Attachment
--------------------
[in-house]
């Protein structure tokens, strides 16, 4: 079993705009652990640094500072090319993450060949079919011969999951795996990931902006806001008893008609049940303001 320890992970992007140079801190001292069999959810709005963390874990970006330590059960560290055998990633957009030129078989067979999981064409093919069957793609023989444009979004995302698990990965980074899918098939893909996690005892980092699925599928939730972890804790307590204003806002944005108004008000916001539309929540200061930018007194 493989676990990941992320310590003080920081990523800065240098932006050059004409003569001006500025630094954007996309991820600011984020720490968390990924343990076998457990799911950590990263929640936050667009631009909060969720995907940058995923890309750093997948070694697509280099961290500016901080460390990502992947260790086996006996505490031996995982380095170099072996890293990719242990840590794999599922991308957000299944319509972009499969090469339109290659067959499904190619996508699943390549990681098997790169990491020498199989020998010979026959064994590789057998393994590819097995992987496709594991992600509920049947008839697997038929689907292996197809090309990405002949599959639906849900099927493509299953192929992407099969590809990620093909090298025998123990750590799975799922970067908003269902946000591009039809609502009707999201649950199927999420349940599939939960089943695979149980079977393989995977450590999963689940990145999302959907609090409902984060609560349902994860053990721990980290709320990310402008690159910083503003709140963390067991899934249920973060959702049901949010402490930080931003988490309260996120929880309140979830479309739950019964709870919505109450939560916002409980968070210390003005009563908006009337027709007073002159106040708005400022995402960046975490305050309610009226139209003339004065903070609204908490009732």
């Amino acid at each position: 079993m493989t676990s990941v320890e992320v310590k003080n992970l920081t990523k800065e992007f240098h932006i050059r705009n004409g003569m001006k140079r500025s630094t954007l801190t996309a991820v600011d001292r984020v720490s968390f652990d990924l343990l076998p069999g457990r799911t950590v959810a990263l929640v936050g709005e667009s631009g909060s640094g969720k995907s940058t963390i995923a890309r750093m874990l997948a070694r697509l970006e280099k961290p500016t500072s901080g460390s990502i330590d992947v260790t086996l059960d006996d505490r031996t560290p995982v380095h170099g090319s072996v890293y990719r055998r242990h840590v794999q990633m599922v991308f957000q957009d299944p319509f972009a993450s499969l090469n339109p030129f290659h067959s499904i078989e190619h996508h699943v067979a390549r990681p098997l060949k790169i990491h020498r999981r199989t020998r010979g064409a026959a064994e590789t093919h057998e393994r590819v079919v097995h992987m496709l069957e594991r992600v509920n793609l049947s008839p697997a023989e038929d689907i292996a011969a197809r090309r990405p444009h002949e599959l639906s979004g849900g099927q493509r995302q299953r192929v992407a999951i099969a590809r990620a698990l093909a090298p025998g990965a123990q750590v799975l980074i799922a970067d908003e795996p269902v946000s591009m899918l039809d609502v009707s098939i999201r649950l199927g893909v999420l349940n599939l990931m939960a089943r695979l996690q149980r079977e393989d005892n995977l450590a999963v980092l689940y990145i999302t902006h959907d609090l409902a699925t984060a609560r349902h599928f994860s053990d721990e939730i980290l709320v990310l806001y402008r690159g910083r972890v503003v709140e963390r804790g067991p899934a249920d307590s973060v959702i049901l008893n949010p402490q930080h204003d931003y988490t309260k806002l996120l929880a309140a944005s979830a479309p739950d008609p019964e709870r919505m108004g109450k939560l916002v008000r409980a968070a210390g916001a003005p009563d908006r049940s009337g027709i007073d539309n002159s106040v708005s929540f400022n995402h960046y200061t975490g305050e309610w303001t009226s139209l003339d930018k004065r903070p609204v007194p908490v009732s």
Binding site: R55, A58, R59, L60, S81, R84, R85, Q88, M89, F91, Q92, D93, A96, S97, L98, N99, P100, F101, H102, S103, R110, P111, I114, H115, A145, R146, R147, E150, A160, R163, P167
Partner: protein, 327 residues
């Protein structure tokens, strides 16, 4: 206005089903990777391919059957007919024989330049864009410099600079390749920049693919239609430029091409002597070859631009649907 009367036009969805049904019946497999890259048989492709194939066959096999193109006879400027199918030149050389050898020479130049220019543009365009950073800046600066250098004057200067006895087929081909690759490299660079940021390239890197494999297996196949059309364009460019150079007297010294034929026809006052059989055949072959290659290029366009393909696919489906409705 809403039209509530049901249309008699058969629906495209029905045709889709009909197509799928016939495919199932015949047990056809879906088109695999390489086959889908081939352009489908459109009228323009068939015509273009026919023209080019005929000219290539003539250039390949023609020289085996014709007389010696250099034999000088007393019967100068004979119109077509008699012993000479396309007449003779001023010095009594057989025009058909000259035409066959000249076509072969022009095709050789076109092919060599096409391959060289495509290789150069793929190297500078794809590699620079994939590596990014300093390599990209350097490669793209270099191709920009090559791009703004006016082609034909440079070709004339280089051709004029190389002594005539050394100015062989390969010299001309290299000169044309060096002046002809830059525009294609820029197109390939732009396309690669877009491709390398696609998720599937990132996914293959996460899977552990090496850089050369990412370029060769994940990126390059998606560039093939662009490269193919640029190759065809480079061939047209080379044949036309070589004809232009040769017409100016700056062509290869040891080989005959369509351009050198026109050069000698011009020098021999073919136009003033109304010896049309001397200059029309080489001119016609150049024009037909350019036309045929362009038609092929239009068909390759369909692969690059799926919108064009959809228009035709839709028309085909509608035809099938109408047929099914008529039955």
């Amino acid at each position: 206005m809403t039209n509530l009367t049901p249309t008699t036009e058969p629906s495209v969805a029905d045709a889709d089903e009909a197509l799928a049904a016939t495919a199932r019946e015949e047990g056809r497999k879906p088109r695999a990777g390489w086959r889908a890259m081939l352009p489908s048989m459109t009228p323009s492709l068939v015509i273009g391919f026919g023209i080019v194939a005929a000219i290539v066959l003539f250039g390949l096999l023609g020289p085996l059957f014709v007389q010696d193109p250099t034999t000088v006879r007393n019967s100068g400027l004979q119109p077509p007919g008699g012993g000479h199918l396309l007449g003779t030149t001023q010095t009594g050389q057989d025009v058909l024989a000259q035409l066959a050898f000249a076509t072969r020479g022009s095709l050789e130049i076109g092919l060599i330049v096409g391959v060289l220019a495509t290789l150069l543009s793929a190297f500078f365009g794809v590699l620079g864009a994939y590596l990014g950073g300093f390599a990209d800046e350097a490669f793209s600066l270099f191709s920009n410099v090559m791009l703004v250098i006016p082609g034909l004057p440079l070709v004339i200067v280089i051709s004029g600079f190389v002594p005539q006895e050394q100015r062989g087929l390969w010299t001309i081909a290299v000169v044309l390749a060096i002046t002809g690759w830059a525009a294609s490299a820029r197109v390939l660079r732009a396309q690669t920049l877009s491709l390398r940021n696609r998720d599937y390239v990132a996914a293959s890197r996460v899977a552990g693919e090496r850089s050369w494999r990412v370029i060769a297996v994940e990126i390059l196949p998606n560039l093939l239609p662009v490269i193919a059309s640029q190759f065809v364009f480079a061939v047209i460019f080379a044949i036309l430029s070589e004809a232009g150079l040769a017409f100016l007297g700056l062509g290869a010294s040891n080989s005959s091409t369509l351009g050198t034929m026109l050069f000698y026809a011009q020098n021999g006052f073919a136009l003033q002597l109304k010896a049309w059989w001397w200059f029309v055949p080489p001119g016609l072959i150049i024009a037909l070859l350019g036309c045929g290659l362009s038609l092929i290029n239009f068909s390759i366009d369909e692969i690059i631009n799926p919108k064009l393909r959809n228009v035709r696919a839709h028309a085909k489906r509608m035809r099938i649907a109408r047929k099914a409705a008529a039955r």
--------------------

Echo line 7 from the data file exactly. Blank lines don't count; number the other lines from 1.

């Amino acid at each position: 206005m809403t039209n509530l009367t049901p249309t008699t036009e058969p629906s495209v969805a029905d045709a889709d089903e009909a197509l799928a049904a016939t495919a199932r019946e015949e047990g056809r497999k879906p088109r695999a990777g390489w086959r889908a890259m081939l352009p489908s048989m459109t009228p323009s492709l068939v015509i273009g391919f026919g023209i080019v194939a005929a000219i290539v066959l003539f250039g390949l096999l023609g020289p085996l059957f014709v007389q010696d193109p250099t034999t000088v006879r007393n019967s100068g400027l004979q119109p077509p007919g008699g012993g000479h199918l396309l007449g003779t030149t001023q010095t009594g050389q057989d025009v058909l024989a000259q035409l066959a050898f000249a076509t072969r020479g022009s095709l050789e130049i076109g092919l060599i330049v096409g391959v060289l220019a495509t290789l150069l543009s793929a190297f500078f365009g794809v590699l620079g864009a994939y590596l990014g950073g300093f390599a990209d800046e350097a490669f793209s600066l270099f191709s920009n410099v090559m791009l703004v250098i006016p082609g034909l004057p440079l070709v004339i200067v280089i051709s004029g600079f190389v002594p005539q006895e050394q100015r062989g087929l390969w010299t001309i081909a290299v000169v044309l390749a060096i002046t002809g690759w830059a525009a294609s490299a820029r197109v390939l660079r732009a396309q690669t920049l877009s491709l390398r940021n696609r998720d599937y390239v990132a996914a293959s890197r996460v899977a552990g693919e090496r850089s050369w494999r990412v370029i060769a297996v994940e990126i390059l196949p998606n560039l093939l239609p662009v490269i193919a059309s640029q190759f065809v364009f480079a061939v047209i460019f080379a044949i036309l430029s070589e004809a232009g150079l040769a017409f100016l007297g700056l062509g290869a010294s040891n080989s005959s091409t369509l351009g050198t034929m026109l050069f000698y026809a011009q020098n021999g006052f073919a136009l003033q002597l109304k010896a049309w059989w001397w200059f029309v055949p080489p001119g016609l072959i150049i024009a037909l070859l350019g036309c045929g290659l362009s038609l092929i290029n239009f068909s390759i366009d369909e692969i690059i631009n799926p919108k064009l393909r959809n228009v035709r696919a839709h028309a085909k489906r509608m035809r099938i649907a109408r047929k099914a409705a008529a039955r």